His trademark tropical shirts belie the seriousness of Dean Palius' work. As the CEO and CFO of Santa Ynez Valley People Helping People (PHP), Palius runs an organization with a $2.2 million annual budget, more than 20 employees, and 350 volunteers. The budget is supported via grants donations, and fundraising events like this weekend's annual Vino de Suenos, a wine and art tasting and sale that Palius hopes will net about $60,000 earmarked for farm, ranch and vineyard workers.
PHP runs 18 different programs with an "under one roof" approach for children and families throughout the Santa Ynez Valley and Los Alamos. It assists with basic needs such as food distribution and transportation, dental care and mental health counseling, drug abuse prevention and high school mentoring, and domestic violence and child abuse prevention.
Palius had a financial consulting business when he joined the PHP board of directors as treasurer in 1993. The organization then had two full-time and one part-time employees.
"I'd come in to do the books and the treasurer's report, and was always amused that no one was in charge. Someone needed to be in charge!" Palius said.
Eighteen months later, then-Board President Victoria Pointer asked Palius if he wanted that "being in charge" job. He took it, thinking he'd stay in the position between three and five years.
"I've accomplished everything I wanted in those early years except for an affordable housing project. I'm still working on that," he said.
In his first year as CEO, the PHP budget was $80,000. Halfway through the year, the board had raised only half of that. Palius challenged the board to come up with solutions. A thrift sale that included two giant pink "Elvis" chairs, raised $3,000. It led to the eventual founding of PHP's popular thrift store.
With his background in finance and banking, Palius knew that grants, small donations and income from the thrift store, couldn't keep up with the need.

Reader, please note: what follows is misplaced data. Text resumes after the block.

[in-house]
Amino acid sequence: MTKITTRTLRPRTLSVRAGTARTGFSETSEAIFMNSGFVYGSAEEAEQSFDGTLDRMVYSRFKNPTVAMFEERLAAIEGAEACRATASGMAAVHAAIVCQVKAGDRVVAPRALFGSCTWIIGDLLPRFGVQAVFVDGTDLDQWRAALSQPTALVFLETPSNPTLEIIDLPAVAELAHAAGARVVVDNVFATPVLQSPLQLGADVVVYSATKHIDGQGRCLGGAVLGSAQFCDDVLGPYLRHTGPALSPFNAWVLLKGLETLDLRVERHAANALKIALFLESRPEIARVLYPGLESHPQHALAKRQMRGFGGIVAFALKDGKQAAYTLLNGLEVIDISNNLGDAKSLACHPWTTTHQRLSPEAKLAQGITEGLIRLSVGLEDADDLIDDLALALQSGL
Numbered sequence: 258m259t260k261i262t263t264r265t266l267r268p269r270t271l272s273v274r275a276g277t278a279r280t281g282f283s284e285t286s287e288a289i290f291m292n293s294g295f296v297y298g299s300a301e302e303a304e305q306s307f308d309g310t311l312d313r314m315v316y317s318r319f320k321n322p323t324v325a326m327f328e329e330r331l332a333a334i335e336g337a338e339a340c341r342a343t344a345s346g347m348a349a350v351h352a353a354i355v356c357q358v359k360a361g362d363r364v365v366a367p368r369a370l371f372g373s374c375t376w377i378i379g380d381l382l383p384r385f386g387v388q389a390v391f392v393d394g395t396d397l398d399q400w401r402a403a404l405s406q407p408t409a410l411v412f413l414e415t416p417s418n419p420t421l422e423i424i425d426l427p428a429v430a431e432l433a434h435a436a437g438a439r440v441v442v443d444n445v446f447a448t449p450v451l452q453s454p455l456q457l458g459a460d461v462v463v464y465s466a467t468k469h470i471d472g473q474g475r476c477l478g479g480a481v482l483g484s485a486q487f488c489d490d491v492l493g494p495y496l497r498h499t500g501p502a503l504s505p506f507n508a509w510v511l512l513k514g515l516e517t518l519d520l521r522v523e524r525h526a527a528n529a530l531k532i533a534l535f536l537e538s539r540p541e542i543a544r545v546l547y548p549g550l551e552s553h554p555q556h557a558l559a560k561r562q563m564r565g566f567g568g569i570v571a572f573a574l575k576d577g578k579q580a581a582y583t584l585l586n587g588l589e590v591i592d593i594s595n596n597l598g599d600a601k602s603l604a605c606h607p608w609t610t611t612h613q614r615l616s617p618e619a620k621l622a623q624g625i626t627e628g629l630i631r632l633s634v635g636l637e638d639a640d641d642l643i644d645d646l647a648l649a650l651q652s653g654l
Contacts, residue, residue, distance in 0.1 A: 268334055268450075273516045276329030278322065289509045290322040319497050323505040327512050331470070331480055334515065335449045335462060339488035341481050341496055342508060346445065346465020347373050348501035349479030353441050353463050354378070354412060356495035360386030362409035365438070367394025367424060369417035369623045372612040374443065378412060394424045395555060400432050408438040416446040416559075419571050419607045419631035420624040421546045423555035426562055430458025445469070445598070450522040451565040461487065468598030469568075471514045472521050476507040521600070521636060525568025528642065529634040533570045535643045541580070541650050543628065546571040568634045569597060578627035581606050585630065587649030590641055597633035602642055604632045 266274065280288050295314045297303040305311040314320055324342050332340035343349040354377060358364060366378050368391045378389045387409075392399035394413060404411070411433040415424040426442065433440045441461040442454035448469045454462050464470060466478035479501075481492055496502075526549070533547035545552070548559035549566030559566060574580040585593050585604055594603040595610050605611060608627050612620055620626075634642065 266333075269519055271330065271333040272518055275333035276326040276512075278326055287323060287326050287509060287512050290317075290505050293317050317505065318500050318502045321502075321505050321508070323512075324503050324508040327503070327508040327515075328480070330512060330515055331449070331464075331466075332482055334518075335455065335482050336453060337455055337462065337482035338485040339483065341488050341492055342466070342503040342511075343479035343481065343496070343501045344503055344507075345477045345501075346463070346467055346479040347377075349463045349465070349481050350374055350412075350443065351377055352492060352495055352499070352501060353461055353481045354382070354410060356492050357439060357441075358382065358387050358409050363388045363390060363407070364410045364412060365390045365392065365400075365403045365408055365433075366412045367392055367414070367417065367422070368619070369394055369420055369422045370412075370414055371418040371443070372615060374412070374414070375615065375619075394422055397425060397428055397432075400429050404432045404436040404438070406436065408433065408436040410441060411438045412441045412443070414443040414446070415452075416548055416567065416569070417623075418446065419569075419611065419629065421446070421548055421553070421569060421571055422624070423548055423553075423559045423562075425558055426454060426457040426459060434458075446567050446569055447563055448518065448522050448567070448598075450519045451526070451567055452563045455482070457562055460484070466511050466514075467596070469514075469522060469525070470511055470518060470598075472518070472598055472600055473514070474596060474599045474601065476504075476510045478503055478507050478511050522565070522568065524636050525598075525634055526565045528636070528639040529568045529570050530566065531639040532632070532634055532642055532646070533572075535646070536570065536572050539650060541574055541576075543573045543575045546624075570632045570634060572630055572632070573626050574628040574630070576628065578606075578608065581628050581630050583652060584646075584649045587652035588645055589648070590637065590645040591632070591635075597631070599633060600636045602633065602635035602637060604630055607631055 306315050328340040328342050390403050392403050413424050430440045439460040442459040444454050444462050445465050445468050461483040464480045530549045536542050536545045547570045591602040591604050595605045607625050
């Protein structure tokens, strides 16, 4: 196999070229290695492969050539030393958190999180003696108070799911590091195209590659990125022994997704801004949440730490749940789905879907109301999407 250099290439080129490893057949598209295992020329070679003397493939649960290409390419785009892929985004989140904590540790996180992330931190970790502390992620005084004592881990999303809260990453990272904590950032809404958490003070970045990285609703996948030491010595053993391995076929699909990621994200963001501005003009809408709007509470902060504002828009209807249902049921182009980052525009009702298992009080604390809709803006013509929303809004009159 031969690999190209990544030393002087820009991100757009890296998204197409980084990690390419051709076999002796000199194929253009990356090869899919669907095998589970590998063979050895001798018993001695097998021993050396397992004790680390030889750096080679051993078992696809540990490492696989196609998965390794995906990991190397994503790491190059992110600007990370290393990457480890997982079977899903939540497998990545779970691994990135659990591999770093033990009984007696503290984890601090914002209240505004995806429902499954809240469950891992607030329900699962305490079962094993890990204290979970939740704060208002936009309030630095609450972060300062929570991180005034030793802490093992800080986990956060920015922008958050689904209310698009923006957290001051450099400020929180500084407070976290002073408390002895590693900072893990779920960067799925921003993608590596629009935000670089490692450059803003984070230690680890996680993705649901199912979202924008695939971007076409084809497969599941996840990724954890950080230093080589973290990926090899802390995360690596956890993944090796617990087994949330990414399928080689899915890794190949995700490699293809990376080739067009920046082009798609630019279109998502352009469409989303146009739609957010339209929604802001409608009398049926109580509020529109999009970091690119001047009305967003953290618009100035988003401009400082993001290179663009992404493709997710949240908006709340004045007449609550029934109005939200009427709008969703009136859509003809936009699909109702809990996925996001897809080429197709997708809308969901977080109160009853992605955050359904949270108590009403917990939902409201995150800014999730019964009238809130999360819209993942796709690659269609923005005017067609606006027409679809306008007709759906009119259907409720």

"We do a lot of strategic planning," he explained. "About 10 years ago, looking at how we could sustain our organization, we realized we couldn't survive on grants, even though we had a lot of grants. We looked at how we could get more local support, and decided the best way we could do that was through fundraising events to offer added value to our potential donors in exchange for donating to us."
That thinking led to the first Vino de Suenos nine years ago. Board treasurer Becky Barieau has been the Vino de Suenos event chair for the last eight of those.
"The first year netted $20,000. You build on that," she said. "It also makes friends. It builds an awareness of People Helping People from people who would have otherwise not heard of us."
The concept for Vino de Suenos ("wine of dreams") may be unique in the viticulture world. A dozen of the area's top wineries donate wine that will be tasted and sold under special Vino de Suenos labels. Each label is a reproduction of an original piece of art donated by a corresponding 12 painters. That original artwork is also sold at auction. Everything from the graphic services that turn the paintings into labels, the printing, and bottle labeling is donated. Restaurants donate food served during the tasting and sale. The silent auction offers additional wine, lifestyle and travel items, and jewelry, according to Barieau.
Next up on Palius' crowded plate is moving the PHP thrift store from its current Solvang location to 175 McMurray Road in Buellton. The move was necessitated by the demolition and remodeling of its existing space.
"We're developing a whole moving plan for a move around Jan. 1," Palius said. The present inventory will be completely sold off to avoid moving costs, and large items, such as furniture, will be the first donations accepted in Buellton prior to the official opening. At 2,000 square feet, it is less space than the PHP thrift store has in Solvang but they should be able to almost double their size 18 months later when an adjoining space becomes available.
It's all about problem solving, said Palius, and he called that his "strongest asset."
A board of directors that has kept its CEO in place for more than two decades apparently agrees. It's a relationship of mutual admiration with Palius calling his board well-educated, interested in educating itself and hard-working.
"I probably have the best job in the Santa Ynez Valley," Palius enthused. "I get paid decently. I live three and a half miles away. Most days, I do at least one good deed and I'm here in the Santa Ynez Valley. It's a good gig!"